The Boy and the Heron

The Boy and the Heron ★★

I went into this resolved to curb my general skepticism of Miyazaki. It’s heretical, I know, but his films have never really hit for me, as much as I admire their formal spectacle. I know that to enjoy the director’s flights of fancy one has to be willing to give over to dream logic, and perhaps also be willing to forgo the notional constructs of Western drama. The absence of action rising and falling according to familiar patterns, of every little detail functioning as a contributory to the main stream of the narrative—these are givens in Miyazaki’s world.

Watching film in this way is not my default mode, but doing so is practically a prerequisite for “The Boy and the Heron.” This movie is as close to a dream-like mashup of fantastical callbacks as you can imagine; astute viewers will recognize elements of Carroll’s “Alice in Wonderland,” Disney’s “Fantasia,” Grimault’s “The King and the Mockingbird,” and even Kubrick’s “2001,” among others—not to mention many echoes of previous Ghibli joints. They’re all blended together with audacious creative energy, an astounding riot of liminal invention.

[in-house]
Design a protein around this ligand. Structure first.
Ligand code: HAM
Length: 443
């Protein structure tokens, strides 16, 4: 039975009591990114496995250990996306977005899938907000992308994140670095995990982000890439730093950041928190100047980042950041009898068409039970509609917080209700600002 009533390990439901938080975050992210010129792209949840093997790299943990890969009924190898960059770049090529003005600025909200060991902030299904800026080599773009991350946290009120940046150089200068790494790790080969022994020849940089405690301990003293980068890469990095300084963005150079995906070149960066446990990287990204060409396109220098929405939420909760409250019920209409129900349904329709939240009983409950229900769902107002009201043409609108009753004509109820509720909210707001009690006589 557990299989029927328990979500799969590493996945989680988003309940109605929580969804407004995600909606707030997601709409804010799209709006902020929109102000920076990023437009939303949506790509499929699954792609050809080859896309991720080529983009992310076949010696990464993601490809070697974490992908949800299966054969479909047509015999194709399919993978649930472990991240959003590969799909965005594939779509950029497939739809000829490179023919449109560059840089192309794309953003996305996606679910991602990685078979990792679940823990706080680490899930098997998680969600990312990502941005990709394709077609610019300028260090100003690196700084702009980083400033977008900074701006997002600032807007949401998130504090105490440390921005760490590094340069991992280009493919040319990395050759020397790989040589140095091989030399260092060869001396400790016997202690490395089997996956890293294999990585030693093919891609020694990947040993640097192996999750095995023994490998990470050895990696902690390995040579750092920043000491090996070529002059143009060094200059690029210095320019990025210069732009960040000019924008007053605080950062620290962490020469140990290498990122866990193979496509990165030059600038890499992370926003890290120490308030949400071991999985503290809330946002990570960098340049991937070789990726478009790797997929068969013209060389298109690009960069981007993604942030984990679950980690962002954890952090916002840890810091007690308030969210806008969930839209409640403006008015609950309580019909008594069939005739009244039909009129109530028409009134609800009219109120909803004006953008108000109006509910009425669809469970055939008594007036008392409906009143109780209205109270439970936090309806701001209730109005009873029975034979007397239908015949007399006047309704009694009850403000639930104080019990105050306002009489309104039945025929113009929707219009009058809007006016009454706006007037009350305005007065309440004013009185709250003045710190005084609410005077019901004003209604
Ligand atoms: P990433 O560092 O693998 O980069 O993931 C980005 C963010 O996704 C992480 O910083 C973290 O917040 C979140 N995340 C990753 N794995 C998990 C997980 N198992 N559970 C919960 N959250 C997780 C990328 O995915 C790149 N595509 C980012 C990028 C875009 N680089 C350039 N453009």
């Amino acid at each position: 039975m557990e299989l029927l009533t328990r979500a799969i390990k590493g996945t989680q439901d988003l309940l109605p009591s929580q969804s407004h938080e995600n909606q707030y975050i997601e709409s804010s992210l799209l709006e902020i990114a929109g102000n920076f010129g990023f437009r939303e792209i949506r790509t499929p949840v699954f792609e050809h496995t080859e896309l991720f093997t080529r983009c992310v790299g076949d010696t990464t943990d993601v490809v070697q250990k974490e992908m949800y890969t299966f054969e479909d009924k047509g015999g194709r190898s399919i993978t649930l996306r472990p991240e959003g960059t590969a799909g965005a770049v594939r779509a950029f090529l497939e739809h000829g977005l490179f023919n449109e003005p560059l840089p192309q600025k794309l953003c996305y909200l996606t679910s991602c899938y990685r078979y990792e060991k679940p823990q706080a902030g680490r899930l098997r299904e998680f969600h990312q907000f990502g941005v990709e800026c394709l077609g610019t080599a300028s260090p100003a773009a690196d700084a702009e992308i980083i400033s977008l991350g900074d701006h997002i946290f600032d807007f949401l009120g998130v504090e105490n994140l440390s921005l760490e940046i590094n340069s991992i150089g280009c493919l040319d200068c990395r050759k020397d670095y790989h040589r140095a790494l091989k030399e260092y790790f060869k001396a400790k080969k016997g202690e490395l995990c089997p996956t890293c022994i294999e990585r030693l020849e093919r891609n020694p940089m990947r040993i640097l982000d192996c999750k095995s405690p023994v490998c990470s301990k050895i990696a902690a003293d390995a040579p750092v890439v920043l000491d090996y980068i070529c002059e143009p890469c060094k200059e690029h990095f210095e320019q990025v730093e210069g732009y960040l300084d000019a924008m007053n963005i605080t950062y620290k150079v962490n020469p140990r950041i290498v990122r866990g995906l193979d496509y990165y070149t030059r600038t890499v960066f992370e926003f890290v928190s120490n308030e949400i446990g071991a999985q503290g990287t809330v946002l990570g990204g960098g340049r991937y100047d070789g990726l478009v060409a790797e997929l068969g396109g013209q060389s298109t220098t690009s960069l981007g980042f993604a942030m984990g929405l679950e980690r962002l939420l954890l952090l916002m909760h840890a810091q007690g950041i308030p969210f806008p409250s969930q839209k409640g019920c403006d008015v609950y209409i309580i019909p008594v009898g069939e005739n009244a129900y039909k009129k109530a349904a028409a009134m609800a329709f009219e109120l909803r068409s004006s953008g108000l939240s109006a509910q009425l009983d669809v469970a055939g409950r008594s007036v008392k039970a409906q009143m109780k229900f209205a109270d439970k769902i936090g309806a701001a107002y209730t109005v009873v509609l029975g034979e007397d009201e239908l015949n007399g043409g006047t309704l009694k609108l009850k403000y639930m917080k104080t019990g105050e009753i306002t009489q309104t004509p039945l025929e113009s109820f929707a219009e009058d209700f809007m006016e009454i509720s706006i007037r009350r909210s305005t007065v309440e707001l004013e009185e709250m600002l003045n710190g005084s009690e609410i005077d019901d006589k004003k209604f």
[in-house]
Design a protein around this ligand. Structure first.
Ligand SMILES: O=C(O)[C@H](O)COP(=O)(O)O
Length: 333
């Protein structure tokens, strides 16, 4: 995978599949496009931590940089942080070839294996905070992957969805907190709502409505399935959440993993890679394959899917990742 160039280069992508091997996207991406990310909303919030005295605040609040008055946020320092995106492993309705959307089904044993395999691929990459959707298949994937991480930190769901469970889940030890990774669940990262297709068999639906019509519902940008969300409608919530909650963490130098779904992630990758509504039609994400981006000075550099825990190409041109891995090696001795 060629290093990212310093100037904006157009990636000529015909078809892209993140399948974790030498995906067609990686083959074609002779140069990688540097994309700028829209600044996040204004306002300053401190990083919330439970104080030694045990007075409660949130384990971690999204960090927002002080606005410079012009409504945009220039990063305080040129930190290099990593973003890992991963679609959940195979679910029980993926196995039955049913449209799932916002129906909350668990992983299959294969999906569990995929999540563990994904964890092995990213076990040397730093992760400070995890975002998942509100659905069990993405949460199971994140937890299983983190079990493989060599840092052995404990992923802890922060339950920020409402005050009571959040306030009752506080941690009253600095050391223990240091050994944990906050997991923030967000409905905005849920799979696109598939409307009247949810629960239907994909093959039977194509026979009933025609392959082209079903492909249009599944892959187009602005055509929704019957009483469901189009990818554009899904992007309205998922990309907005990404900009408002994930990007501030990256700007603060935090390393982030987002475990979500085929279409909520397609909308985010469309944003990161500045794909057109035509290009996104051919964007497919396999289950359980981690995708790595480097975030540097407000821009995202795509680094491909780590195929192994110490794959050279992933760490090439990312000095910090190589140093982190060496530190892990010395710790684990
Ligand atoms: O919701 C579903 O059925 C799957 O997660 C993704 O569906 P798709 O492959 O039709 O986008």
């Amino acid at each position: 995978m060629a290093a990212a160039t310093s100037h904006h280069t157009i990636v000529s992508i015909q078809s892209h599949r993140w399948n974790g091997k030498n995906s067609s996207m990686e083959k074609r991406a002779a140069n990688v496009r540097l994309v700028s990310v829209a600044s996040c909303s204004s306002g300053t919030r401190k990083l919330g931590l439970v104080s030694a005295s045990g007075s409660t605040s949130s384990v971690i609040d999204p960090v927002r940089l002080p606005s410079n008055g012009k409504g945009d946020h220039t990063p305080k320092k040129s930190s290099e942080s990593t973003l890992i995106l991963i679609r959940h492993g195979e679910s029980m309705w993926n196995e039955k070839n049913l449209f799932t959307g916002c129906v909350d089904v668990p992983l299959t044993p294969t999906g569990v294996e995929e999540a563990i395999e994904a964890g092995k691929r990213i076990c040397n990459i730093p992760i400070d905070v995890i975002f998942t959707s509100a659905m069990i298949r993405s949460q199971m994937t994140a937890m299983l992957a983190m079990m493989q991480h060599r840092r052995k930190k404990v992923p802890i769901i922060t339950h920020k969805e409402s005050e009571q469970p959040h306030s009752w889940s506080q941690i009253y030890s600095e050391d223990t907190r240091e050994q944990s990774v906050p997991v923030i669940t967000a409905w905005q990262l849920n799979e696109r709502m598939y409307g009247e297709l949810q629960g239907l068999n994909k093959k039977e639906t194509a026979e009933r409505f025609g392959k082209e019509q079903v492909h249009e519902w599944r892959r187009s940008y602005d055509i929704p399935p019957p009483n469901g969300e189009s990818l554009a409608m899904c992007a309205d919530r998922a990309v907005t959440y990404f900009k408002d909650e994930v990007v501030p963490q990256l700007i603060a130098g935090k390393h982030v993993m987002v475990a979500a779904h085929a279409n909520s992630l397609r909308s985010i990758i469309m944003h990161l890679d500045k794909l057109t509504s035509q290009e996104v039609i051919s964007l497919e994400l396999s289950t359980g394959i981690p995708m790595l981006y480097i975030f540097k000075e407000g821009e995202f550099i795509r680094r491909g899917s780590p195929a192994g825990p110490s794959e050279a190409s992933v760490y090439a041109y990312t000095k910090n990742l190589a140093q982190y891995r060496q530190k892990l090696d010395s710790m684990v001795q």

But like most of the director’s films, the character work is woefully underserved, including, as usual, a protagonist who is practically a blank slate. This has been my single biggest complaint about the director’s past films and this absence of true character development is in full effect here again. Not only is there a true dearth of motivational justification for Mahito’s journey, but there’s also no sense of who he is outside of the events of the film; he is purely a product of the crisis at hand, with no sense of his relation to others, including his family. As a result, it’s incredibly difficult to feel invested in his story; as he navigates repeatedly upturned worlds that turn one into another with no concrete rules or logic in evidence, like an interminable music video stripped entirely of its music, you’re lost as a viewer, stranded without any real toehold in the narrative.

In the end, “The Boy and the Heron” feels most like some kind of fantastic dream that Miyazaki had and tried to share with the world, rendering it on screen with spectacular, unprecedented visuals in an attempt to to invite the audience into his subconscious. But, just as in real life, there are few things harder to feign interest in than someone telling you about that crazy dream they had last night*. The result, ironically for something so teeming with energy, is pure boredom.

(*Apologies to my wife, who tries to have this conversation with me every morning.)

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